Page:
Arctic Cat and the Yada Yada Notice

Upon the release of this Notice, law firms were encouraged about the prospect of heightened efficiency in and simplification of proceedings before the Federal Court. However, some things are apparently easier in theory than in practice.

The Federal Court Commits to Efficiency

On June 24th, 2015 the Federal Court released a Notice to the Profession (the “Notice”) regarding case management. The Notice arose out of information collected by the Federal Court Case Management Working Group (composed of judges and chief clerks of the Federal Court) which had been tasked by the Chief Justice to consult with the Bar Associations on how case management could be improved at the Federal Court. The Federal Court has a caseload dominated by intellectual property law, which tends to be complicated and time consuming litigation. These consultations gave rise to a number of recommendations, forming the basis of the Notice.1

The recommendations address such issues as earlier trial management, prohibition of late evidence at trial, limitations on documentary and oral discovery, limits on refusal motions and prothonotary interlocutory orders, as well as stricter enforcement on the limit of the number of experts. The Notice indicates that these recommendations are precursors to a more binding commitment to efficient proceedings and were made to better achieve the Federal Court’s mandate to “secure a just, expeditious and least expensive determination of every proceeding,” as per the Federal Court Rules.

Upon the release of this Notice, law firms were encouraged about the prospect of heightened efficiency in and simplification of proceedings before the Federal Court.

However, some things are apparently easier in theory than in practice.

The Irony of Arctic Cat

Less than a month after the Notice, Madam Prothonotary Tabib heard Arctic Cat Inc v Bombardier Recreational Products Inc.2 (“Arctic Cat”) concerning a motion to amend Bombardier’s Statement of Defence and Counterclaim. This case could have been an ideal opportunity to illustrate the Federal Court’s new emphasis on expeditious and less expensive proceedings; the result, however, betrayed this potential.

In Arctic Cat, Bombardier sought to amend its Statement of Defence and Counterclaim to significantly expand the list of prior art it wished to rely upon in support of its allegations of obviousness and anticipation and to include an entirely new ground in its pleadings — that of invalidity. This motion came three months before trial, and mere days after case management, where Bombardier maintained that it might amend its pleadings “to narrow them in light of expert reports.”3 Bombardier, in fact, did the opposite, and brought in fresh evidence and a new argument, shifting and expanding the focus of its pleadings significantly.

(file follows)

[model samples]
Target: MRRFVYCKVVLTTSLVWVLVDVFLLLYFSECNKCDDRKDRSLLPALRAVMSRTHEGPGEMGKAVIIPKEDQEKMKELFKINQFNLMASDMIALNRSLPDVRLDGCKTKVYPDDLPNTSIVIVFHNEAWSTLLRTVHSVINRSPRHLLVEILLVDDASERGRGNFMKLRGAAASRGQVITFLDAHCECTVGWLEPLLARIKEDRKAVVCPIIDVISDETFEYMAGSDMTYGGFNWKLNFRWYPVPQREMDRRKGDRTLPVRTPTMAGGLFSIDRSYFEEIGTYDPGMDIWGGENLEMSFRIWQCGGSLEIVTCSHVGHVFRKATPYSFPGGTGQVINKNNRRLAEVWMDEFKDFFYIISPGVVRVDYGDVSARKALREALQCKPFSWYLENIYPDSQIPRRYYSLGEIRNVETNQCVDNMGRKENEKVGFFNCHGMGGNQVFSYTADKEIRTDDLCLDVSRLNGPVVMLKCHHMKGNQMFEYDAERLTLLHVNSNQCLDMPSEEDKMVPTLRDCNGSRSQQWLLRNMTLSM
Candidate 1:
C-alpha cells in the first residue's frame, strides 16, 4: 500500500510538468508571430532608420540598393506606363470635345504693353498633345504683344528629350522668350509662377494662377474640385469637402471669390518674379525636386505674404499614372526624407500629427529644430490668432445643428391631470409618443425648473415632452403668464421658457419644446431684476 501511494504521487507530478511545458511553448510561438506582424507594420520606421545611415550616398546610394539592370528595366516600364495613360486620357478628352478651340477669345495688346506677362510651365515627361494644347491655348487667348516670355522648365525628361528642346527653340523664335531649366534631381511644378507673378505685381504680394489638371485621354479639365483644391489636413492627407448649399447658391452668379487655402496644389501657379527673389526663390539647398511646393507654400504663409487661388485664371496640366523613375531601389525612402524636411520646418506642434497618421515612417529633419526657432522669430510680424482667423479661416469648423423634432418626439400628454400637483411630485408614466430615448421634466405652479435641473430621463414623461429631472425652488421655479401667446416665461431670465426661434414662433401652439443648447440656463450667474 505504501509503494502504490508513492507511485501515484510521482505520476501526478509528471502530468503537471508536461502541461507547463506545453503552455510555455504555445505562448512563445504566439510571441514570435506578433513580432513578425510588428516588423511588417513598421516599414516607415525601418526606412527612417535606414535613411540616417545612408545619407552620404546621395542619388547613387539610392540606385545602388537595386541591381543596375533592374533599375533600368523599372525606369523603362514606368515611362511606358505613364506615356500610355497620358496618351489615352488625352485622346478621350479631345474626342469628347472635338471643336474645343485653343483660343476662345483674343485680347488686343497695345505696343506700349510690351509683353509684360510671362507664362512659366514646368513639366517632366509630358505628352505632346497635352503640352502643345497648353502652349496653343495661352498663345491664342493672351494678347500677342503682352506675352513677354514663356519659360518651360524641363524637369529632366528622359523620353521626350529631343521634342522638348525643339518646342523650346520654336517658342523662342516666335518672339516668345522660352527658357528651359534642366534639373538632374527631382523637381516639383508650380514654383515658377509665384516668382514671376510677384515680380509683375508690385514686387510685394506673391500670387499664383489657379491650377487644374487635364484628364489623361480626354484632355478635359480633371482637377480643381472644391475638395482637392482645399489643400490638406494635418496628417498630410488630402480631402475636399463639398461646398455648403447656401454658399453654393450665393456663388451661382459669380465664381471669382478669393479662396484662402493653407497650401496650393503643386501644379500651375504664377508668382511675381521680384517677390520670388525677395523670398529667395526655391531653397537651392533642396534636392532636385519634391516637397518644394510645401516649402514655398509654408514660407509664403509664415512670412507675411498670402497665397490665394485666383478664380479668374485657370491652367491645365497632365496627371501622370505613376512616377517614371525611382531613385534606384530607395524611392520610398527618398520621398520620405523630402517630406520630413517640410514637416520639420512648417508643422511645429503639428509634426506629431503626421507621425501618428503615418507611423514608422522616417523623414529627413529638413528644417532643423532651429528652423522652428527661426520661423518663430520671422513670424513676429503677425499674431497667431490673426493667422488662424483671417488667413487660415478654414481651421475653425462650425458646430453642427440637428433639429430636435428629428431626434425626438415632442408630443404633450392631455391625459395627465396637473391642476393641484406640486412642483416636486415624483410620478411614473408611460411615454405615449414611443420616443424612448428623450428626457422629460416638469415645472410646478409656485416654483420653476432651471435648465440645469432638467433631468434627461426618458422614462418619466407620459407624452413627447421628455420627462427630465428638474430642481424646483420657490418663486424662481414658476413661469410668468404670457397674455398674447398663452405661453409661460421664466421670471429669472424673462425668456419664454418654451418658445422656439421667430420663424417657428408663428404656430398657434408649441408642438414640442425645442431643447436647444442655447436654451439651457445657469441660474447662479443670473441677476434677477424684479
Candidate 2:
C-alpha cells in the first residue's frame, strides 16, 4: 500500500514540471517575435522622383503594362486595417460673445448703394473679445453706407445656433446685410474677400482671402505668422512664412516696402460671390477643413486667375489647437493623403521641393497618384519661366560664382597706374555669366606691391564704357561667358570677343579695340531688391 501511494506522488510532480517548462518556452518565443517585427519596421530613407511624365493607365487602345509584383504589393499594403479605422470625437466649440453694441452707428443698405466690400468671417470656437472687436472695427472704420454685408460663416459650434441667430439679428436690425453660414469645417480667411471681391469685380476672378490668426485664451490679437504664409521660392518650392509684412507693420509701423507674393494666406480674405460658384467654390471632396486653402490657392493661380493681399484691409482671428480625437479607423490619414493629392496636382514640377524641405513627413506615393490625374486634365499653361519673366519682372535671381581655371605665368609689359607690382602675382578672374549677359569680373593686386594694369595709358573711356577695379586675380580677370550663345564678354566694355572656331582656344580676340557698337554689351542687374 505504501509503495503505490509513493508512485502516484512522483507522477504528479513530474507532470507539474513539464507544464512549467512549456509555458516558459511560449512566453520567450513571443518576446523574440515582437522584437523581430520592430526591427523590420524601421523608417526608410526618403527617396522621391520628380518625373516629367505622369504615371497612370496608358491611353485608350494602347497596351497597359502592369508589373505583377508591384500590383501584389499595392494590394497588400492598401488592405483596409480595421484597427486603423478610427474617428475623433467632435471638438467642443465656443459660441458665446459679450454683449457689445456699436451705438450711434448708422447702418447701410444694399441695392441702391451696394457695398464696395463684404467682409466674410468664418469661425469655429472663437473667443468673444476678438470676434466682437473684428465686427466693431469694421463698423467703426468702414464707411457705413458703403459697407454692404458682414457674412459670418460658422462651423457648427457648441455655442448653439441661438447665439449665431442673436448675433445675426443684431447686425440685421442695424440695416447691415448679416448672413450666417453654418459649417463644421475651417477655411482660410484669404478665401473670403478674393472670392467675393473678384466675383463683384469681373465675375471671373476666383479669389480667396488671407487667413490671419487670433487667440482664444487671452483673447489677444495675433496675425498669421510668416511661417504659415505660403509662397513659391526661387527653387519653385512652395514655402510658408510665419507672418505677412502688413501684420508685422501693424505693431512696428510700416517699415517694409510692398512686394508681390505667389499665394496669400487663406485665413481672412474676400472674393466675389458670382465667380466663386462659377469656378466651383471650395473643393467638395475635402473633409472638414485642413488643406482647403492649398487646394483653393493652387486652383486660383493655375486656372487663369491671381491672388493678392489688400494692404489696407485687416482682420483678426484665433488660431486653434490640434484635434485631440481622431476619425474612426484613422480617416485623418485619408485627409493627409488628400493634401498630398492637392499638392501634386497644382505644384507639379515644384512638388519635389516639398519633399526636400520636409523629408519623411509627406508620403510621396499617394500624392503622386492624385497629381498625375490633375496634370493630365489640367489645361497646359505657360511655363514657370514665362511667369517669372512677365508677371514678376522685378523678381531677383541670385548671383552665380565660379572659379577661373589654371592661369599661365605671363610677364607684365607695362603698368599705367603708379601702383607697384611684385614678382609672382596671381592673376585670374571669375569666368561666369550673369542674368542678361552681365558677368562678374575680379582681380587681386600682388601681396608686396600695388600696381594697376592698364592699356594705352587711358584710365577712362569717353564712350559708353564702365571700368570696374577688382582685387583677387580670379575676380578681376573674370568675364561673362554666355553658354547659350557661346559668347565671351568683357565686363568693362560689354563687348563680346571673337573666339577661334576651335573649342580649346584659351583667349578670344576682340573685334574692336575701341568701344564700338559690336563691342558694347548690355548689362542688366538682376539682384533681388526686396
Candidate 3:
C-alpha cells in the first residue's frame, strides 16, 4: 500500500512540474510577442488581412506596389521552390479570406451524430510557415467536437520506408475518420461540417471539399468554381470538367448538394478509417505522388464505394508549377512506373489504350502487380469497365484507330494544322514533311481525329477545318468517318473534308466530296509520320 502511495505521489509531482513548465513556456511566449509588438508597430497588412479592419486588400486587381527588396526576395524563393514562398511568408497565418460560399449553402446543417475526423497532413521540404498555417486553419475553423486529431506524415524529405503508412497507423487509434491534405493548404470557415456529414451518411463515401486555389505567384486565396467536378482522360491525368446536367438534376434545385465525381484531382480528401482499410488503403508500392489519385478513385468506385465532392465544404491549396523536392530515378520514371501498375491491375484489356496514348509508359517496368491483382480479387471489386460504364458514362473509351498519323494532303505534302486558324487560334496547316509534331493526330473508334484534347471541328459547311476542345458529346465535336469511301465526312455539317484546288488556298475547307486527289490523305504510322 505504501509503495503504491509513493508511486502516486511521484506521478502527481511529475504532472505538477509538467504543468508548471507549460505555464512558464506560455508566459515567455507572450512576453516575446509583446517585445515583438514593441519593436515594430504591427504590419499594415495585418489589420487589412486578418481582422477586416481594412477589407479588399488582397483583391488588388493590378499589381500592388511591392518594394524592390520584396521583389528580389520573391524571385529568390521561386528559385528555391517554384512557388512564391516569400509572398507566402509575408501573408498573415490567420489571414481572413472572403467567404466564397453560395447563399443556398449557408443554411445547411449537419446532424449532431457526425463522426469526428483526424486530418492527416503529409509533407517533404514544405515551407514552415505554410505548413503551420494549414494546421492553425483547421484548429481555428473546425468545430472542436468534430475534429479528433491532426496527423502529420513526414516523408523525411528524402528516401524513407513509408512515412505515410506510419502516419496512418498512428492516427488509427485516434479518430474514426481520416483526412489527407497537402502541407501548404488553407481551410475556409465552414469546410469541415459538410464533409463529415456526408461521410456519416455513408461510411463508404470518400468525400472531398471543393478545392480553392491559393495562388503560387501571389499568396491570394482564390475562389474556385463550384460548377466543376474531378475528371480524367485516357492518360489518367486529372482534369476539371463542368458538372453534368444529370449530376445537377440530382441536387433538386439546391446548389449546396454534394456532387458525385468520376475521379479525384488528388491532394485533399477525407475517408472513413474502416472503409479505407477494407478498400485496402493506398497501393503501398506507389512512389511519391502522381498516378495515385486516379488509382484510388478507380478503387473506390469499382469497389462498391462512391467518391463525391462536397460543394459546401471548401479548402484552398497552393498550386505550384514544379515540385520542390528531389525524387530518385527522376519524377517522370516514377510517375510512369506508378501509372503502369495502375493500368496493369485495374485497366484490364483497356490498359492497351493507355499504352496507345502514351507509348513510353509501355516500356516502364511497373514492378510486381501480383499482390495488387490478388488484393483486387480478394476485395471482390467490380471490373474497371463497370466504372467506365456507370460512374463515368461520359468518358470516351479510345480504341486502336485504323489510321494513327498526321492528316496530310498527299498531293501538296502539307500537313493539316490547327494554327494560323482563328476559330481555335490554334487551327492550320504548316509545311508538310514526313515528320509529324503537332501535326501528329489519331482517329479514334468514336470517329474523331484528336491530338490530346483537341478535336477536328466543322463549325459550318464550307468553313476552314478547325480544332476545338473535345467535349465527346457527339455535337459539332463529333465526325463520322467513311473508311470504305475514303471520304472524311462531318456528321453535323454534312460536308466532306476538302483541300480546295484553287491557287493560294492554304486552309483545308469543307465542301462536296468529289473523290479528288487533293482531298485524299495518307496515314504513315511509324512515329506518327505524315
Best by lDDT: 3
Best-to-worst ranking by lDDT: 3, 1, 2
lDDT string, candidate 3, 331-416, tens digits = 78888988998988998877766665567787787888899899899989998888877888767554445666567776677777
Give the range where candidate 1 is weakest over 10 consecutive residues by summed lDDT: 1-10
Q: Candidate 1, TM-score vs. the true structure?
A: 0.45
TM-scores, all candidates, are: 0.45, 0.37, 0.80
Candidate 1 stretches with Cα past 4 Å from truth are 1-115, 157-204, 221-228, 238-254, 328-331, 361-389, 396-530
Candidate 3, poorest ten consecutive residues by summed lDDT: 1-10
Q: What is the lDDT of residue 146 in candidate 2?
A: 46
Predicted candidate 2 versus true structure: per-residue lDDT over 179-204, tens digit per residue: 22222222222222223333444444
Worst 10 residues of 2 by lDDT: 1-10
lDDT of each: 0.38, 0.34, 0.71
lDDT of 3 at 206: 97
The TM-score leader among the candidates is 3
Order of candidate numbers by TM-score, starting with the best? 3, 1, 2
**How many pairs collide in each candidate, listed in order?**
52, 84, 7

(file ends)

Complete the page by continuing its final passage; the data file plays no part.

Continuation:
Prothonotary Tabib found that Bombardier knew that these amendments would be necessary at least a month before the pre-trial conference and was none too pleased with Bombardier’s conduct. She stated that Bombardier “effectively misled Arctic Cat and the Court,”4 and that “[Bombardier’s] conduct cannot be countenanced. It must be condemned in the strongest terms and any repetition must be dissuaded.”5 She also concluded that the argument of ambiguity as a new ground of invalidity would have no chance of success or at the very least, that “the chances of success of this amendment are so tenuous that their dubious merit ought to be factored in and considered in determining whether the amendments should be permitted.”6

Despite her censure, the outcome quite surprisingly in no way punished Bombardier for its conduct. While the ambiguity amendment was rejected, Bombardier was allowed to amend the pleadings to expand the list of prior art it relied on — so much so that 30%-50% of Bombardier’s remaining claims relied on new material.7

Prothonotary Tabib assured that no particular factor was determinative. However, it was clear that her focus in serving the interests of justice by having all relevant art before the Court took precedence over Bombardier’s criticized conduct. At the end of the day, “the facilitation of the court’s consideration of the real issues in dispute” was the deciding factor. It outweighed the many other seemingly relevant factors including the radical change to the matters in dispute, the failure to mention the amendments at pre-trial conference, the injury to Arctic Cat’s position, the “inexcusable and unjustifiable” conduct of Bombardier, the wasted time and resources and the possibility of future adjournments.

Concluding Thoughts

What this decision suggests is that despite the Notice regarding improved efficiency in case management, hearing a case on its merits is likely to continue to trump the Federal Court’s concerns with a “just, expeditious and least expensive hearing”. Unless there are serious consequences for tactics such as occurred in this case, it will be challenging to realize the ideal aspired to in the Notice.


1 Chief Justice Paul Crampton, Notice to the Parties and the Profession: Case Management: Increased Proportionality in Complex Litigation Before the Federal Court (24 July 2015)

2 2015 FC 938 [Arctic Cat]

3 Arctic Cat at para 7

4 Arctic Cat at para 8

5 Arctic Cat at para 9

6 Arctic Cat at para 11

7 Arctic Cat at para 14